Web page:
Rotisserie Chicken Wisdom
Those of you who belong to discount clubs can relate to the feeling of getting some good deals. It helps to rationalize the money one spends while there. I have digressed...We went for the chickens and they were not ready. We were sad to see the shelf bare, but encouraged that the chickens would be ready in about ten minutes. I staked out a spot in the queue while hubby went about the store seeking bargains on staples. It was during this wait time that I gained the wisdom I am about to impart. Seems those waiting with me, for the never ending ten minutes, wanted to chat. I love talking to people and after all we had the common interest of "chicken love" in common.
One man told me that he gets rotisserie chickens to serve company. He splits them into quarters, places them on his grill, slathers them with BBQ sauce and serves them up to his friends as a home cooked grilled delicacy.
A woman in a motorized shopping cart was waiting for her chicken because her granddaughter was coming to have dinner with her. Said granddaughter was also waiting in the carpool line to be picked up by grandmother who was waiting for her chicken. (BTW: She got the first one off the spit!) The rest of us made sure of that. I hope she made the carpool line in time!
An 81 year old woman (she confided her age to me) was purchasing three chickens to take to a wake. Her Godson had been murdered this weekend and she was helping with the food for the family of the deceased. She also told me that she buys these chickens each week for her own kitchen. She is a widow and advised me that I could cut a chicken into two halves, eat one and freeze the other half. I admired her upbeat spirit as I knew she must be grieving the loss of a loved one.
Another one in the chicken line, told me the best thing to do with rotisserie chickens is to remove all the edible parts, chop and make chicken salad. This practical person confided that she never eats the skin as it is too fattening.
A young mother said her husband loves roasted chicken and she was going to surprise him with that for supper. She said she will try to pass it off as her own cooking, but he always knows.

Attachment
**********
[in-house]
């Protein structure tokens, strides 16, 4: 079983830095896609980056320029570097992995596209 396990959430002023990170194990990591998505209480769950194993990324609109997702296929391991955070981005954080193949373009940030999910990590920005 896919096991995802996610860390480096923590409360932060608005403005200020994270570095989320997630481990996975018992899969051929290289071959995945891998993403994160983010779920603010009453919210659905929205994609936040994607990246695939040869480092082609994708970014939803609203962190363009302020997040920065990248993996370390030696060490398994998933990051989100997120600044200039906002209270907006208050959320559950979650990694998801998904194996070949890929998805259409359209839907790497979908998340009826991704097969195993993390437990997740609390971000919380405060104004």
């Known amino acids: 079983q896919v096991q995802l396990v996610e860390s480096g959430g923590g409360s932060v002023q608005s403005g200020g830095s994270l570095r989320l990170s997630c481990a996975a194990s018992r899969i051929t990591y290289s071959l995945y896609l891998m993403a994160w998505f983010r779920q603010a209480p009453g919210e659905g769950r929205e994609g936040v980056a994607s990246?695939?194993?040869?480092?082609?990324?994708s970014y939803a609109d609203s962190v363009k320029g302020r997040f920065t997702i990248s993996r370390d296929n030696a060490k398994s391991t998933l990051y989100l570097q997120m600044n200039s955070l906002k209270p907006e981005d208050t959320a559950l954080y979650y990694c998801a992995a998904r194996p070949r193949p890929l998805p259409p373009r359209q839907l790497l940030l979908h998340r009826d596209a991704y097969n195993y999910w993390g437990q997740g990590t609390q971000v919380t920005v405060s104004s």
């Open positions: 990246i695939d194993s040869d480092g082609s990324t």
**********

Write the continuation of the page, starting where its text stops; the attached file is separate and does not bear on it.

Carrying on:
Another person in the line was wearing a souvenir t-shirt from Boston. I asked him if he had visited there recently as I had. He replied: "If I had money to visit Boston, I wouldn't be waiting in line for $4.88 rotisserie chicken!" I had to laugh as I had just returned from Beantown a week prior to today.
|Hubby and chicken fed spoiled dog|
The possibilities and variations on this item are seemingly endless. I am thinking that as I write this, there are other uses for rotisserie chicken of which I am unaware. I do hope that my readers will share with me. Make a comment or send an email. I appreciate all responses.
I have now run out of Wisdom on Rotisserie Chickens, but must confess that my period of waiting for this delectible discount club treat reminded me that folks have bonds and abilities to make the best of almost any situation. I loved talking to those who taught me so much about human nature and chickens today. I was surprised that they would impart information to a stranger, but pleased, nevertheless.
Our Sam's Club venture was supposed to be clandestine because we were also on a trek to stock up on white wine. Our cover was blown and we were "busted" as we ran into a long time friend who commented on all the junk food and alcohol in our cart! In fact, the cashier said she would meet us in the parking lot with a cork screw. We lied and said we were purchasing the wine for gifts. So $349.00 later we drove home with our rotisserie chickens. Oh well, we tried.
Easy Chicken Spaghetti with Lots of Cheese and Butter
4 to 5 cups chopped cooked chicken (from a rotisserie chicken)
10 ounces spaghetti (broken into small pieces, boiled and drained)
2 cans cream of mushroom or cream of chicken soup (10oz. condensed size)
8 ounces sour cream
1/2 cup chicken broth (canned or made from bullion cube)
1/2 cup melted butter
1/2 cup olive oil
1 cup shredded cheddar cheese
1/2 cup shredded parmesan cheese
1 teaspoon dried Italian seasoning (substitute oregano and thyme)
1/4 cup dried parsley
Salt, pepper to taste
about 1/2 cup bread crumbs
1. Preheat oven to 350 degrees F and grease (or spray with Pam) a 9" by 13" baking pan.
2. Combine all ingredients, except bread crumbs, in large mixing bowl.
3. Pour mixture into prepared baking pan and top with breadcrumbs.
4. Bake, covered with foil, for about 30 minutes. Remove foil and bake for another 30 minutes. Let set for about 5 minutes before serving.
Add a tossed salad and bread for a satisfying meal. Makes 6 generous servings and freezes well.
TIP: To prevent the foil from sticking to the casserole, spray the side next to the food with Pam. Place the foil "shiny side out" to ensure the best heating process as the shiny side reflects heat.
For those of you who follow the Weekday Rambler: I thought you would like to see how my sous chef has grown. She is three years old, now and helping her Daddy make brownies at her house.